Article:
Lockyer asks U.S. to backstop state borrowing
California Treasurer Bill Lockyer on Wednesday formally requested federal help to backstop a wave of short-term borrowing the cash-strapped state will need to undertake this summer.
In a letter to U.S. Treasury Secretary Timothy F. Geithner, Lockyer asked the government to in effect guarantee the state’s debt against default, so that investors would be willing to provide the financing at reasonable interest rates.
A Treasury spokesman in Washington said the department had no immediate comment on Lockyer’s request.
California will be forced to borrow at least $13 billion, and possibly much more, beginning in July to bridge the gap between the state’s current cash needs and future tax revenue.
In normal economic times these short-term municipal note sales are routine. But because of California’s deepening budget woes and its low credit rating, Lockyer said investors are likely to demand exorbitant interest rates on the notes if they’re sold without a third-party guarantee.
Major banks typically provide that guarantee, but Lockyer said they aren’t willing this time to do so on their own.
“The enormous size of the required funding together with the state’s current credit condition and the continued weakness of the municipal finance market . . . make it highly unlikely that the state can access the short-term market for its borrowing based on its own credit,” Lockyer told Geithner.
As the state’s cash shortage has worsened in the recession, Lockyer has for months been lobbying for some kind of federal backstop on new debt issuance, which he has said should be extended to all state and local governments to help pare their borrowing costs.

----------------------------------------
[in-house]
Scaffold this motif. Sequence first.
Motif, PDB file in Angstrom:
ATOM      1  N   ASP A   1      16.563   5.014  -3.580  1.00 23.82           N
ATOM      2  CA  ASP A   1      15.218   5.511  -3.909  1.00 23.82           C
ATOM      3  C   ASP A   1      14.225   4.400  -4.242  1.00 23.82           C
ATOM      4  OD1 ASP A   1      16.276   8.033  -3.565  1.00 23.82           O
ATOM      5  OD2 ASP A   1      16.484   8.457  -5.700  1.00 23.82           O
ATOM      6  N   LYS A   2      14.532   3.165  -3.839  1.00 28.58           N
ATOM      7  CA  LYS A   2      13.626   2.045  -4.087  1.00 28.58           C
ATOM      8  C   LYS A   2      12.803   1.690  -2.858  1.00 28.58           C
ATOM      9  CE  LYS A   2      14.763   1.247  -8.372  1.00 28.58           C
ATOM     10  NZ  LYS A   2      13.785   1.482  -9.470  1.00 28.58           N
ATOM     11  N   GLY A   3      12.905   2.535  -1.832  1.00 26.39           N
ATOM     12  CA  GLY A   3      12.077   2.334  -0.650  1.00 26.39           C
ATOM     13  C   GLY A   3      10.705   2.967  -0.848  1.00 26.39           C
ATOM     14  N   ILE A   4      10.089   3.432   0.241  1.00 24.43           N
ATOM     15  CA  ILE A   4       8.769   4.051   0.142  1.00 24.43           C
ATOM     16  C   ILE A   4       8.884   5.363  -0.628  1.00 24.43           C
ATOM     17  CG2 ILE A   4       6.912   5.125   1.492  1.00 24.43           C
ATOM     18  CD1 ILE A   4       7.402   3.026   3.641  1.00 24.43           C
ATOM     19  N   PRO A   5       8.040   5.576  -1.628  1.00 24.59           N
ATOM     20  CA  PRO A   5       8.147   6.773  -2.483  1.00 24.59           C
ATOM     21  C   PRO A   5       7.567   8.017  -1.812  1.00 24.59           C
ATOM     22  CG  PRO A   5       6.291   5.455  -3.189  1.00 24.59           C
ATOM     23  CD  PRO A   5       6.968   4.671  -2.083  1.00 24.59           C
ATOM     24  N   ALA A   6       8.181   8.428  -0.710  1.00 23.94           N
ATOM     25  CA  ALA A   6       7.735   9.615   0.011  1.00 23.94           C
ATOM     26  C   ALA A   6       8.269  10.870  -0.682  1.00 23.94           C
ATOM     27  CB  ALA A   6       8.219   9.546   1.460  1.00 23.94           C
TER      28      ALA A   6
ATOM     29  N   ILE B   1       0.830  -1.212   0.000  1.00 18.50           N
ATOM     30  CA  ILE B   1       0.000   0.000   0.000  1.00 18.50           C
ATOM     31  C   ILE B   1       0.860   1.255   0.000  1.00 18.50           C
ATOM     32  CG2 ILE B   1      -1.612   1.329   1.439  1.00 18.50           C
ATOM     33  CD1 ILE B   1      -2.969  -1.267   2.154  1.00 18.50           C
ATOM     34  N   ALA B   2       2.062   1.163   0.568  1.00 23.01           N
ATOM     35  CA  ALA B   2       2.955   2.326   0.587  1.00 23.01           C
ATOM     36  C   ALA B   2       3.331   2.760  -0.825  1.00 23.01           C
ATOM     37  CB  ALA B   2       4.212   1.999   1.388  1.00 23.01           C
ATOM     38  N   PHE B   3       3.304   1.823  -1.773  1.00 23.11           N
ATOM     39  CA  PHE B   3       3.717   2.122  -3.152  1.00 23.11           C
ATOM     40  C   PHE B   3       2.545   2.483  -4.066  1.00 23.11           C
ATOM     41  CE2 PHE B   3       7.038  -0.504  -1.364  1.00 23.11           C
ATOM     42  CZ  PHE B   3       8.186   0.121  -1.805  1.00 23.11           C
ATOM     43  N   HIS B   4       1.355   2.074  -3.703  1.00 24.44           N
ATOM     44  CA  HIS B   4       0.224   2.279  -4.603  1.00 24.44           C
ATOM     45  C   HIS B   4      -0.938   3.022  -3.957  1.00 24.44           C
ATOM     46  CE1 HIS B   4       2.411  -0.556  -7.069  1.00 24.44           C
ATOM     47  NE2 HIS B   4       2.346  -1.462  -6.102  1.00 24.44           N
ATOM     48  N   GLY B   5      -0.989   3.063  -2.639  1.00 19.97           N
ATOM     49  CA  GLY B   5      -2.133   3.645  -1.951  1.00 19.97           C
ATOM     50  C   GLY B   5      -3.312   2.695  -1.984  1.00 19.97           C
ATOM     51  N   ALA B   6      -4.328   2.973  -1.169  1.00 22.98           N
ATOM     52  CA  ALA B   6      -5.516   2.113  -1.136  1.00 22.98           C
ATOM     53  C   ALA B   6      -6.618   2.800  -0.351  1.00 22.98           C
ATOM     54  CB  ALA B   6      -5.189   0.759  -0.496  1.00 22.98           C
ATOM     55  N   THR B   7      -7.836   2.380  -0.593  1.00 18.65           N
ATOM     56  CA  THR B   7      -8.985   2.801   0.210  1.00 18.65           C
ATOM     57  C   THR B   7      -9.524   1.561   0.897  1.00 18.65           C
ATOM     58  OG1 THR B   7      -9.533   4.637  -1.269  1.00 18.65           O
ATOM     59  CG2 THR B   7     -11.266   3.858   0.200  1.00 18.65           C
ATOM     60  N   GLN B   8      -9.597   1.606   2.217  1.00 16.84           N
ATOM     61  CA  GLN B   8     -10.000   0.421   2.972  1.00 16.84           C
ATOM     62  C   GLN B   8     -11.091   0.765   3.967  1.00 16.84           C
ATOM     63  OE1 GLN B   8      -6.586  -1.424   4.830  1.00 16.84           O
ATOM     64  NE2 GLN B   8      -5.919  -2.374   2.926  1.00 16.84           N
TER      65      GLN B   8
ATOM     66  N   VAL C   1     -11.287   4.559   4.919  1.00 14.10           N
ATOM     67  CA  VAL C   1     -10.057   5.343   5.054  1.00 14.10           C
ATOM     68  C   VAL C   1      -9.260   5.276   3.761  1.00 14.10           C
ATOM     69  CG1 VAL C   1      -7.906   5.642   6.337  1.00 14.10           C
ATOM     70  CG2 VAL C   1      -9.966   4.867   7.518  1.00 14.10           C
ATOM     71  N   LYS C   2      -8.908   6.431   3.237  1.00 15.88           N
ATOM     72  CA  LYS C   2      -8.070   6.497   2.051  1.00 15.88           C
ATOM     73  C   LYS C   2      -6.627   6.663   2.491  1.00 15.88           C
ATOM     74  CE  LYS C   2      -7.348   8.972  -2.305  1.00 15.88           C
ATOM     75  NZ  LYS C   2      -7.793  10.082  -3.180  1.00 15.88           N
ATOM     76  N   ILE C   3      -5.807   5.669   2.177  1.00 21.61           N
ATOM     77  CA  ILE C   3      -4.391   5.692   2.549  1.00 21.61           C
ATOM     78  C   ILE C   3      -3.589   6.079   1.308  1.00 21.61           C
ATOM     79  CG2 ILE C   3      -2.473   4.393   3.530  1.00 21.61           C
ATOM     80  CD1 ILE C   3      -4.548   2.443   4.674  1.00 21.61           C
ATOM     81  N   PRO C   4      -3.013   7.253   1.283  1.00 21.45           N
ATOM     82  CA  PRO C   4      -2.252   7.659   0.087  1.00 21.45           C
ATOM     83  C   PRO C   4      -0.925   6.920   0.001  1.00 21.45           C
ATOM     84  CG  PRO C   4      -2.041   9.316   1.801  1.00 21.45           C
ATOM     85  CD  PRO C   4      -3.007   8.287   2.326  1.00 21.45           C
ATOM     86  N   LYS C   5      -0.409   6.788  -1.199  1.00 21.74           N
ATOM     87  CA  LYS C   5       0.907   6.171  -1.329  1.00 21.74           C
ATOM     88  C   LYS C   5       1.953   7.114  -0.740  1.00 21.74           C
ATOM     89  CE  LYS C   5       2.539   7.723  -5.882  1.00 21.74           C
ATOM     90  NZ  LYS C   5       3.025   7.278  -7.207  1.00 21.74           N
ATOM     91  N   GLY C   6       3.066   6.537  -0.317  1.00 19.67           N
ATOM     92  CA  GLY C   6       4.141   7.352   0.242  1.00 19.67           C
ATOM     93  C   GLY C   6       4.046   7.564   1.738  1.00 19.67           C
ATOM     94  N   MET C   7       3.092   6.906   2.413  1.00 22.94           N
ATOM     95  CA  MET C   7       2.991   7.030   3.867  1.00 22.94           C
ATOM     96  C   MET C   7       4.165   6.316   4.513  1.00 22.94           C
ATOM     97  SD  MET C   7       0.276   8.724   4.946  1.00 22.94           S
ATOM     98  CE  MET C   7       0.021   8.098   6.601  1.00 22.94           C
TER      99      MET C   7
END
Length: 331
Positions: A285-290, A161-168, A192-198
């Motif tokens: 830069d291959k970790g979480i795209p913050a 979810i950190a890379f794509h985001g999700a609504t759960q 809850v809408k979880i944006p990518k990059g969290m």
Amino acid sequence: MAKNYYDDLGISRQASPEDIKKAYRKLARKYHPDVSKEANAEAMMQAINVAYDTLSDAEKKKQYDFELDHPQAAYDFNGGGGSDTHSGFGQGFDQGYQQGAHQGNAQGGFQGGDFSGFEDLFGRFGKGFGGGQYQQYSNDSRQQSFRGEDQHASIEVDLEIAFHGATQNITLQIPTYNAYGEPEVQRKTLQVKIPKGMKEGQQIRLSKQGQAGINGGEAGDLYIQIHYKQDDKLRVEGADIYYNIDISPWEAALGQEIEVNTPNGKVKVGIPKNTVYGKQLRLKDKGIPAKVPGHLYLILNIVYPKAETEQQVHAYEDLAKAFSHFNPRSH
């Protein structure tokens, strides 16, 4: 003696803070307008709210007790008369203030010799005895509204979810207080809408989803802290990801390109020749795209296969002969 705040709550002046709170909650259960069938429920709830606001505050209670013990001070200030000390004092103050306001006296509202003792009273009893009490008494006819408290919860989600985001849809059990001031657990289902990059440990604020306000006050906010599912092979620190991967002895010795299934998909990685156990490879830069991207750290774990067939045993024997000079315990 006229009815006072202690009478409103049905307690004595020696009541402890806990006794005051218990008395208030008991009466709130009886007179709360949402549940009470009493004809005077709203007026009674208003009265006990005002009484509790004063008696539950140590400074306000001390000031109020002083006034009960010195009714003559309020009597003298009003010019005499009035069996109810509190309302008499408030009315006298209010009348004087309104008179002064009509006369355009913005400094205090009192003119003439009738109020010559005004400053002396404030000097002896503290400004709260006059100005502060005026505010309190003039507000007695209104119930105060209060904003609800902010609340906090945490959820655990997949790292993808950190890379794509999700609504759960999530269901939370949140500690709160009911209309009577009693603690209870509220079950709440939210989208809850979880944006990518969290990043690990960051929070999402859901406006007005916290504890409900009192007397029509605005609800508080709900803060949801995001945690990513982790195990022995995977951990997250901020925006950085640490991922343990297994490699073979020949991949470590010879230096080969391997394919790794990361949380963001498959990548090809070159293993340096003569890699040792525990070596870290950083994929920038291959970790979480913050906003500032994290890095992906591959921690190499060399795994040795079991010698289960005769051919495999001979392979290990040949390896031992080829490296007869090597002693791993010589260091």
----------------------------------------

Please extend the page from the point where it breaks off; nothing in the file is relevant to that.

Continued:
Lockyer has an ally in Rep. Barney Frank (D-Mass.), the chairman of the House Financial Services committee.
Although Frank is in the process of drafting legislation that could create a long-term federal reinsurance program for municipal bonds, it isn’t clear what can get through Congress, or how quickly.
Frank told Bloomberg News on Tuesday that he was “working with the administration now . . . to do something short-term” for California.
Lockyer said he believed that the Treasury could create a debt-backstop plan under terms of the financial-system bailout bills passed by Congress in 2008 and this year.
Under his proposal, major banks would provide their customary guarantees of the state’s short-term debt, and the Treasury then would agree to stand behind the banks: If the state couldn’t repay the debt on time the Treasury would agree to buy the debt, becoming a creditor to the state.
Although critics say U.S. help for California would discourage the state from solving its structural budget problems, Lockyer has insisted that his plan wouldn’t be a federal handout. The state would pay a fee to the Treasury for the temporary backstop, he said.
“There is only a small chance that the Treasury will ever be called upon to purchase defaulted municipal [notes] and even if it does, its risk of eventual nonpayment is virtually nil because municipalities must repay their debts eventually,” Lockyer told Geithner.